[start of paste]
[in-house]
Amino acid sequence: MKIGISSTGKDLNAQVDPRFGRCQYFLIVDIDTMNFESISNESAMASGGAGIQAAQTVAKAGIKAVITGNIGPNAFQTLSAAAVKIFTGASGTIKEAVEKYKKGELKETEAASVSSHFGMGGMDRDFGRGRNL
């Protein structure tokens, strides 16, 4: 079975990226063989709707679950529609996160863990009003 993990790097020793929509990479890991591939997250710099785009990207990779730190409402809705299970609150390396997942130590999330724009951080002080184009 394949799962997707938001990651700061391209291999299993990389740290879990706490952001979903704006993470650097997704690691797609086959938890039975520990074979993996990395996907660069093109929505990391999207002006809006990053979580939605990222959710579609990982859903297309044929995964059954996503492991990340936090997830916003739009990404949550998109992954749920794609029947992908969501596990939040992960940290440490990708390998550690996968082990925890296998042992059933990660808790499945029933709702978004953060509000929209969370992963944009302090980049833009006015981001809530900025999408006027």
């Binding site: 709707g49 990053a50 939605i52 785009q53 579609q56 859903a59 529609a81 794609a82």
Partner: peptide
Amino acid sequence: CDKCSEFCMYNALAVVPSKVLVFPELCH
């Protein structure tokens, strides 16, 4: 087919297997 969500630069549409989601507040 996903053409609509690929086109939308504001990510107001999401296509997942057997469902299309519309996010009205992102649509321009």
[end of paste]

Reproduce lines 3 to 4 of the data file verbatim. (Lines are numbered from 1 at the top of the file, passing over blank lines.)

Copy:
């Protein structure tokens, strides 16, 4: 079975990226063989709707679950529609996160863990009003 993990790097020793929509990479890991591939997250710099785009990207990779730190409402809705299970609150390396997942130590999330724009951080002080184009 394949799962997707938001990651700061391209291999299993990389740290879990706490952001979903704006993470650097997704690691797609086959938890039975520990074979993996990395996907660069093109929505990391999207002006809006990053979580939605990222959710579609990982859903297309044929995964059954996503492991990340936090997830916003739009990404949550998109992954749920794609029947992908969501596990939040992960940290440490990708390998550690996968082990925890296998042992059933990660808790499945029933709702978004953060509000929209969370992963944009302090980049833009006015981001809530900025999408006027």
């Binding site: 709707g49 990053a50 939605i52 785009q53 579609q56 859903a59 529609a81 794609a82």